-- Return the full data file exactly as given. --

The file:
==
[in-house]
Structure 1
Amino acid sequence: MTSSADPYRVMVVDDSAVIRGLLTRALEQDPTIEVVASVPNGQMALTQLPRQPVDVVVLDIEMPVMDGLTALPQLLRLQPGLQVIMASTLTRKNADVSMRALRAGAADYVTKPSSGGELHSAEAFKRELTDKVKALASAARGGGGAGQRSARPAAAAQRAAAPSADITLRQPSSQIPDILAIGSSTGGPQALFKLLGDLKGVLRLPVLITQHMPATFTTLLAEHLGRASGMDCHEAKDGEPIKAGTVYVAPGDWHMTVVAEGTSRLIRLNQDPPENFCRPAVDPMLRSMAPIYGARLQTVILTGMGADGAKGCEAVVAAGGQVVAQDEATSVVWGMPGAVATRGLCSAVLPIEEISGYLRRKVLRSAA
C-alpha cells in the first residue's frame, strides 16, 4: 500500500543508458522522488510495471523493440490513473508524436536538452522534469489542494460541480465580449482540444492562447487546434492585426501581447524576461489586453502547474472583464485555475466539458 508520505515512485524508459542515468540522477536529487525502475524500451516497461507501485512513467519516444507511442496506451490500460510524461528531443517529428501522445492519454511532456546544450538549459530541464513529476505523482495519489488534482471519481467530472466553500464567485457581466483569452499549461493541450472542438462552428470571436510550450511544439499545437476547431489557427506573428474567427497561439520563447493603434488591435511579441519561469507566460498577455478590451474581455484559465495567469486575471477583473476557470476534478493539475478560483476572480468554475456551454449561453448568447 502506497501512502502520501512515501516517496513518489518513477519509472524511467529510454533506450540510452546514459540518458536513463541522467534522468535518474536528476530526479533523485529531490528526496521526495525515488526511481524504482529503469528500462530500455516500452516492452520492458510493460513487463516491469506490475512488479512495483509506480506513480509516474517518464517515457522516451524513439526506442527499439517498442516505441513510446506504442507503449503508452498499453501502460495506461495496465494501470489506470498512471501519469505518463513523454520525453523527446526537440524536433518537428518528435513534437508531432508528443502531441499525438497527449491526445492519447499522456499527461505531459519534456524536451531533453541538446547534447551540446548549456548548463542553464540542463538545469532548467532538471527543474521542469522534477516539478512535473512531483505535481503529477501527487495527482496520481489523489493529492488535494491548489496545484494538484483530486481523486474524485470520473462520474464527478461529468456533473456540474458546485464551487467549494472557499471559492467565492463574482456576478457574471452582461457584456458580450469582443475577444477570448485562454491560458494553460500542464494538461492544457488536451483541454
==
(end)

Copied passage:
[in-house]
Structure 1
Amino acid sequence: MTSSADPYRVMVVDDSAVIRGLLTRALEQDPTIEVVASVPNGQMALTQLPRQPVDVVVLDIEMPVMDGLTALPQLLRLQPGLQVIMASTLTRKNADVSMRALRAGAADYVTKPSSGGELHSAEAFKRELTDKVKALASAARGGGGAGQRSARPAAAAQRAAAPSADITLRQPSSQIPDILAIGSSTGGPQALFKLLGDLKGVLRLPVLITQHMPATFTTLLAEHLGRASGMDCHEAKDGEPIKAGTVYVAPGDWHMTVVAEGTSRLIRLNQDPPENFCRPAVDPMLRSMAPIYGARLQTVILTGMGADGAKGCEAVVAAGGQVVAQDEATSVVWGMPGAVATRGLCSAVLPIEEISGYLRRKVLRSAA
C-alpha cells in the first residue's frame, strides 16, 4: 500500500543508458522522488510495471523493440490513473508524436536538452522534469489542494460541480465580449482540444492562447487546434492585426501581447524576461489586453502547474472583464485555475466539458 508520505515512485524508459542515468540522477536529487525502475524500451516497461507501485512513467519516444507511442496506451490500460510524461528531443517529428501522445492519454511532456546544450538549459530541464513529476505523482495519489488534482471519481467530472466553500464567485457581466483569452499549461493541450472542438462552428470571436510550450511544439499545437476547431489557427506573428474567427497561439520563447493603434488591435511579441519561469507566460498577455478590451474581455484559465495567469486575471477583473476557470476534478493539475478560483476572480468554475456551454449561453448568447 502506497501512502502520501512515501516517496513518489518513477519509472524511467529510454533506450540510452546514459540518458536513463541522467534522468535518474536528476530526479533523485529531490528526496521526495525515488526511481524504482529503469528500462530500455516500452516492452520492458510493460513487463516491469506490475512488479512495483509506480506513480509516474517518464517515457522516451524513439526506442527499439517498442516505441513510446506504442507503449503508452498499453501502460495506461495496465494501470489506470498512471501519469505518463513523454520525453523527446526537440524536433518537428518528435513534437508531432508528443502531441499525438497527449491526445492519447499522456499527461505531459519534456524536451531533453541538446547534447551540446548549456548548463542553464540542463538545469532548467532538471527543474521542469522534477516539478512535473512531483505535481503529477501527487495527482496520481489523489493529492488535494491548489496545484494538484483530486481523486474524485470520473462520474464527478461529468456533473456540474458546485464551487467549494472557499471559492467565492463574482456576478457574471452582461457584456458580450469582443475577444477570448485562454491560458494553460500542464494538461492544457488536451483541454